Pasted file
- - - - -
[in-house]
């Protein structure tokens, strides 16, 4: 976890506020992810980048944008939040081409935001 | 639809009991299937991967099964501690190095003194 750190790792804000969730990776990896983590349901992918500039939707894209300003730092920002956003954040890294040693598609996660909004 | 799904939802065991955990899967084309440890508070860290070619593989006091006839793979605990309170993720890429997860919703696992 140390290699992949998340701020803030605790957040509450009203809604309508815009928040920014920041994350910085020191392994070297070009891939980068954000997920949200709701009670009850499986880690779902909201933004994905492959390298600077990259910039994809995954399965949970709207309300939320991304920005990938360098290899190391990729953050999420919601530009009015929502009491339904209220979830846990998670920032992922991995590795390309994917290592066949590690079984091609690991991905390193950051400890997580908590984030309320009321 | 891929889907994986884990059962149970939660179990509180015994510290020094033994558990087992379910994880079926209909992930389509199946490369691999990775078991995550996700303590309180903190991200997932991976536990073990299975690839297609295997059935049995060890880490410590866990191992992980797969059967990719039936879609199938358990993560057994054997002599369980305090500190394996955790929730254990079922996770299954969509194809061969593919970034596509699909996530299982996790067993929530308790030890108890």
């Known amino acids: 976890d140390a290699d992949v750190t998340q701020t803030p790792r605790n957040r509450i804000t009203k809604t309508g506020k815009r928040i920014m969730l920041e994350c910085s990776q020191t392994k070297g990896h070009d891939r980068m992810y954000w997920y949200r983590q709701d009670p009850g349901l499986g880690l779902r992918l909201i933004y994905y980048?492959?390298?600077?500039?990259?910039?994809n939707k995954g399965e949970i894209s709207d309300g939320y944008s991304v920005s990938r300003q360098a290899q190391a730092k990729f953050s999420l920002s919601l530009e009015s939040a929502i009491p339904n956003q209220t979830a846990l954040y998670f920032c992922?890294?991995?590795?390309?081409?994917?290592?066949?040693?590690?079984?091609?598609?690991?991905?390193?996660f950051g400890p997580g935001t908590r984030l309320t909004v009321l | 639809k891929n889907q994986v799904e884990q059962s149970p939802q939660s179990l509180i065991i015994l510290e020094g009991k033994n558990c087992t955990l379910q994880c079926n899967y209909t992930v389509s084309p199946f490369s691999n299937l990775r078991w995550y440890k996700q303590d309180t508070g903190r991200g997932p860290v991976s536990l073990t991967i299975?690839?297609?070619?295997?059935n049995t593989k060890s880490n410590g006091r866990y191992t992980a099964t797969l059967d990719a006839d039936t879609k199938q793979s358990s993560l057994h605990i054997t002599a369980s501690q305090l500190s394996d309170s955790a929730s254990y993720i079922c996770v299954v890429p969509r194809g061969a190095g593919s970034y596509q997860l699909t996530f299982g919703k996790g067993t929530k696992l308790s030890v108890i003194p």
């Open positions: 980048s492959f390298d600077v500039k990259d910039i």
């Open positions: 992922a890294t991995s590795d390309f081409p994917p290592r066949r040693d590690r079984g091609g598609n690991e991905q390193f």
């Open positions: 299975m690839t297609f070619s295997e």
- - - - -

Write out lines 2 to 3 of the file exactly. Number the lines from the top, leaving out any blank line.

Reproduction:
């Protein structure tokens, strides 16, 4: 976890506020992810980048944008939040081409935001 | 639809009991299937991967099964501690190095003194 750190790792804000969730990776990896983590349901992918500039939707894209300003730092920002956003954040890294040693598609996660909004 | 799904939802065991955990899967084309440890508070860290070619593989006091006839793979605990309170993720890429997860919703696992 140390290699992949998340701020803030605790957040509450009203809604309508815009928040920014920041994350910085020191392994070297070009891939980068954000997920949200709701009670009850499986880690779902909201933004994905492959390298600077990259910039994809995954399965949970709207309300939320991304920005990938360098290899190391990729953050999420919601530009009015929502009491339904209220979830846990998670920032992922991995590795390309994917290592066949590690079984091609690991991905390193950051400890997580908590984030309320009321 | 891929889907994986884990059962149970939660179990509180015994510290020094033994558990087992379910994880079926209909992930389509199946490369691999990775078991995550996700303590309180903190991200997932991976536990073990299975690839297609295997059935049995060890880490410590866990191992992980797969059967990719039936879609199938358990993560057994054997002599369980305090500190394996955790929730254990079922996770299954969509194809061969593919970034596509699909996530299982996790067993929530308790030890108890």
């Known amino acids: 976890d140390a290699d992949v750190t998340q701020t803030p790792r605790n957040r509450i804000t009203k809604t309508g506020k815009r928040i920014m969730l920041e994350c910085s990776q020191t392994k070297g990896h070009d891939r980068m992810y954000w997920y949200r983590q709701d009670p009850g349901l499986g880690l779902r992918l909201i933004y994905y980048?492959?390298?600077?500039?990259?910039?994809n939707k995954g399965e949970i894209s709207d309300g939320y944008s991304v920005s990938r300003q360098a290899q190391a730092k990729f953050s999420l920002s919601l530009e009015s939040a929502i009491p339904n956003q209220t979830a846990l954040y998670f920032c992922?890294?991995?590795?390309?081409?994917?290592?066949?040693?590690?079984?091609?598609?690991?991905?390193?996660f950051g400890p997580g935001t908590r984030l309320t909004v009321l | 639809k891929n889907q994986v799904e884990q059962s149970p939802q939660s179990l509180i065991i015994l510290e020094g009991k033994n558990c087992t955990l379910q994880c079926n899967y209909t992930v389509s084309p199946f490369s691999n299937l990775r078991w995550y440890k996700q303590d309180t508070g903190r991200g997932p860290v991976s536990l073990t991967i299975?690839?297609?070619?295997?059935n049995t593989k060890s880490n410590g006091r866990y191992t992980a099964t797969l059967d990719a006839d039936t879609k199938q793979s358990s993560l057994h605990i054997t002599a369980s501690q305090l500190s394996d309170s955790a929730s254990y993720i079922c996770v299954v890429p969509r194809g061969a190095g593919s970034y596509q997860l699909t996530f299982g919703k996790g067993t929530k696992l308790s030890v108890i003194p």